Rabbi Joseph Peretz Weizman, devoted husband, father, grandfather, great-grandfather, and pillar of the Winnipeg Jewish community for over 50 years, died on April 21, 2020, Yom Hashoah. He was 99 years old.
He was predeceased by his parents, 5 siblings all of whom were murdered in the Holocaust and by his wife Riva. He is survived by his children Sam (Agi) Weizman and Tzila (Yacov) Schneid, 6 grandchildren; David (Debra), Amy (Micah), Adam (Joanna), Aliza (Mark), Adina (Ryan), Elana (Shane), and 15 great-grandchildren.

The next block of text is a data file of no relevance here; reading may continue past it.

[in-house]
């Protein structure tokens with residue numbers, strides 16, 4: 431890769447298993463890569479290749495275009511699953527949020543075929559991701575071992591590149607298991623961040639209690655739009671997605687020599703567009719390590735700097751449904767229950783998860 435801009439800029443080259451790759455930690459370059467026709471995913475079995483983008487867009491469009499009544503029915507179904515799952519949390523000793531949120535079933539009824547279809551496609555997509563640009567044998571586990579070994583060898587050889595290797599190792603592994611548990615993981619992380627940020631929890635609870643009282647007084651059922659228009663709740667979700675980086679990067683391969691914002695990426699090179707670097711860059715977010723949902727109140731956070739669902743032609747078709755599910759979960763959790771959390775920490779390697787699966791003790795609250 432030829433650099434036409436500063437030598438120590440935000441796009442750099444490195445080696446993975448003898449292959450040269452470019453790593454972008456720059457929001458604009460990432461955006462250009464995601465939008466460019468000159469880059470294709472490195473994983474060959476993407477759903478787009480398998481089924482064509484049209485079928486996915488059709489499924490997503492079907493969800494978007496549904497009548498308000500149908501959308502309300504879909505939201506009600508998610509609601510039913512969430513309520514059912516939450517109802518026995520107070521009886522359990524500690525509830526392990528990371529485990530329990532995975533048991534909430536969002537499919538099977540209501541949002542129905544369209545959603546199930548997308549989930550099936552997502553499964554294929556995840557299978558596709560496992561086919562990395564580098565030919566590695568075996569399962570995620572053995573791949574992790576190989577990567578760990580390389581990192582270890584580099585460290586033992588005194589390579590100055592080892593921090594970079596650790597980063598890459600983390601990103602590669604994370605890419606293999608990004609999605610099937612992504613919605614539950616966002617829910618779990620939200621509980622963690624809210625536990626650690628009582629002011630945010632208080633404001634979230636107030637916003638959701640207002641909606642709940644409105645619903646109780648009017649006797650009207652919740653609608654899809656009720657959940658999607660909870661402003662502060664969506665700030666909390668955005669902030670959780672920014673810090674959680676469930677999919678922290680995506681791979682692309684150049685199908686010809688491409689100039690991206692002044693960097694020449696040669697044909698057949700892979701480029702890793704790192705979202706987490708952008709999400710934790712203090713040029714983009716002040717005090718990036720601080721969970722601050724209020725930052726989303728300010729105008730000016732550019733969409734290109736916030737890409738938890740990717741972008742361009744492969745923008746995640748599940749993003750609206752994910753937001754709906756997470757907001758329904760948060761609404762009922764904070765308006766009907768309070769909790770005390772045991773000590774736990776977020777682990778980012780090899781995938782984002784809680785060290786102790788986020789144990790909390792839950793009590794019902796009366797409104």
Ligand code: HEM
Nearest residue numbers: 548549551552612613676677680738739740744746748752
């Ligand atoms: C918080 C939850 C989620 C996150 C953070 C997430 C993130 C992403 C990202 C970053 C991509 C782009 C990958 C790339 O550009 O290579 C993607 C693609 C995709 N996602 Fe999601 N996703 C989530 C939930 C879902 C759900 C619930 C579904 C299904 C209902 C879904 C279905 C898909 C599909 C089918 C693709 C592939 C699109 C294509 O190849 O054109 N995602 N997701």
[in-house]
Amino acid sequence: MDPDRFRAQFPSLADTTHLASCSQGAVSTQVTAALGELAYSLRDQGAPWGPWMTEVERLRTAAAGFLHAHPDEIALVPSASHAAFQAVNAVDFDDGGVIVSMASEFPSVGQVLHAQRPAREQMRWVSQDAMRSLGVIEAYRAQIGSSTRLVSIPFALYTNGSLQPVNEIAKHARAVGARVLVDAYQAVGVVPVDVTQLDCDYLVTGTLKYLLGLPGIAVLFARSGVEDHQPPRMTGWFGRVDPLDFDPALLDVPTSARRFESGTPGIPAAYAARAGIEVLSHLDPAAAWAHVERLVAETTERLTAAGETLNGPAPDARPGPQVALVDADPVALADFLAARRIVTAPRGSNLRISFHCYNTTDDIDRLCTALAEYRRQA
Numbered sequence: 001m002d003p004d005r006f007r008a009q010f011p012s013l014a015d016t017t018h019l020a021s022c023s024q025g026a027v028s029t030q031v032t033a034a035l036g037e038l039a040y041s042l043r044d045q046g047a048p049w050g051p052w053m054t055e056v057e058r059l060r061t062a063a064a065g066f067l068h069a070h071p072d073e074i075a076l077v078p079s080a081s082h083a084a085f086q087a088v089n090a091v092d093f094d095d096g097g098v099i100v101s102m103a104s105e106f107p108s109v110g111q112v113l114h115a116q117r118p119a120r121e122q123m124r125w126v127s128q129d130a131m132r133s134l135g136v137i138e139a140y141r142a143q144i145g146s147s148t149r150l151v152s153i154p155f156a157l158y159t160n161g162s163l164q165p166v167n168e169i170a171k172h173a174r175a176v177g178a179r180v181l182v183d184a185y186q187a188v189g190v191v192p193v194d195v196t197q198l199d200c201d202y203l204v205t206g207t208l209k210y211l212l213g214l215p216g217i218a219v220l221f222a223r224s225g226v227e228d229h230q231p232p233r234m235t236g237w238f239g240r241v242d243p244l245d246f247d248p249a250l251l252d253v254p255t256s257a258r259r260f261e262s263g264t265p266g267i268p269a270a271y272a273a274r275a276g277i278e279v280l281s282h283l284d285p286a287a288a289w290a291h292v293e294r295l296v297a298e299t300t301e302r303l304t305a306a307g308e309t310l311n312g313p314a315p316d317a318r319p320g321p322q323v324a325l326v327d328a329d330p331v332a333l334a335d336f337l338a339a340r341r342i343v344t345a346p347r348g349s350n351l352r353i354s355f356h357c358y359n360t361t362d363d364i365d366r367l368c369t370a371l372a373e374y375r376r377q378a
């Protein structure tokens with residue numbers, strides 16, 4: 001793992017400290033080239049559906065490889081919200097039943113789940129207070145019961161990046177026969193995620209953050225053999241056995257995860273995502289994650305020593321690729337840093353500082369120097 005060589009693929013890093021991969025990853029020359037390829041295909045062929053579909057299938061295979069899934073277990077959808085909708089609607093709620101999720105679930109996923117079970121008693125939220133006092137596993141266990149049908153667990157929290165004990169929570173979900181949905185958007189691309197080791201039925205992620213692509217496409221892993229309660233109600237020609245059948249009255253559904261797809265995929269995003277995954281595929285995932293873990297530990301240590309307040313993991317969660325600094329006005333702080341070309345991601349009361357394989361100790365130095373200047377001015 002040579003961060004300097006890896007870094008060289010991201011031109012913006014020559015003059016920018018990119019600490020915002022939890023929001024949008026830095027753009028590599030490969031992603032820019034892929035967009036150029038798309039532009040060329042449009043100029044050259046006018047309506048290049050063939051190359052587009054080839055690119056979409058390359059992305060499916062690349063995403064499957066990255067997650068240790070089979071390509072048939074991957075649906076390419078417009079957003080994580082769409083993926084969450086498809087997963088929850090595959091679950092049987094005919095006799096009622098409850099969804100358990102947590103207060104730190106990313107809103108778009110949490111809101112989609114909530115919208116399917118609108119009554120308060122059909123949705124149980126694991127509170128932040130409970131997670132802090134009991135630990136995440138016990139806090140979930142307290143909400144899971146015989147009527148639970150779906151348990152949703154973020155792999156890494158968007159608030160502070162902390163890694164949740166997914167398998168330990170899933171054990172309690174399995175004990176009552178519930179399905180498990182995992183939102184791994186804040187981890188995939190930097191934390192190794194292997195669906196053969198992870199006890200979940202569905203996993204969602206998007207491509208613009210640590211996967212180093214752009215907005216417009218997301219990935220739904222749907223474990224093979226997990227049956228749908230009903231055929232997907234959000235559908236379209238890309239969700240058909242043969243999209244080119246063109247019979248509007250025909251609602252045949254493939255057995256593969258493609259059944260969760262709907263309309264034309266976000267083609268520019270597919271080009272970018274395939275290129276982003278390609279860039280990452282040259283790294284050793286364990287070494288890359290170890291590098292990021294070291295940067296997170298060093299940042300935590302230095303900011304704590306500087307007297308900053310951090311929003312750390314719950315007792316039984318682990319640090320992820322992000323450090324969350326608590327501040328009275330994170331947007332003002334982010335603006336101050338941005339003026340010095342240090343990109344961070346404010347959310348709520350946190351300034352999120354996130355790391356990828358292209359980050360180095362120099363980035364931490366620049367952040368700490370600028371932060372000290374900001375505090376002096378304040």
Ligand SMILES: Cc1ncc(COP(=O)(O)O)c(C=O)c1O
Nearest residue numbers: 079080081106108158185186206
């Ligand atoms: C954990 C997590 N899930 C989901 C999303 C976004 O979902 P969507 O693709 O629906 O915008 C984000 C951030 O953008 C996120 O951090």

Peretz was born in Lodz, Poland in November 1920. He had a happy childhood with a tight knit extended family, successful family business in pharmaceutical wholesale, and a strong faith as followers of the Ger Rabbi. However, this life was destroyed in 1939 and his entire family was murdered by the Nazis during the Holocaust. He was the sole survivor. He returned to Lodz after the war and rebuilt a new life. He met Riva and they married in 1946. They had their first child, Sam, in 1947 in Poland. They moved to Israel and in 1952 had Tzila. Following the advice of his wife’s cousin, the family immigrated to Winnipeg, Manitoba in 1953. Arriving with nothing but his family, brilliant mind, and excellent oratory and people skills, he initially worked as a teacher at the local Jewish day school and then completed his rabbinical studies. In 1960 he became the Rabbi of Bnai Abraham Synagogue. This would be his pulpit for over 50 years as the synagogue grew to become one of Western Canada’s largest congregations. He participated in the life events of most of Winnipeg’s Jewish Community and became a prominent figure not only among Canada’s Jewish community but also among clergy of other Faiths as well as government leaders. He was a published author and the subject an exhibit at the Marion and Ed Vickar Jewish Museum of Western Canada. He also served briefly as the Rabbi at Beth Emeth Bais Yehuda Synagogue in Toronto. In 2009, he relocated to Toronto, Ontario to be closer to his children. Although he no longer had a congregation of his own, he continued his rabbinical duties to the end, providing support and wisdom to his new community. He was a devoted husband to his beloved wife Riva, particularly in her last years when she was ill. He was a doting grandfather and great-grandfather and his close relationship with his great grandchildren brought him tremendous joy. Despite all the hardships he endured in life, his sense of humor and quick wit never left him and there was not a scenario for which Peretz could not apply a joke or anecdote. He touched countless lives and his memory will live on forever.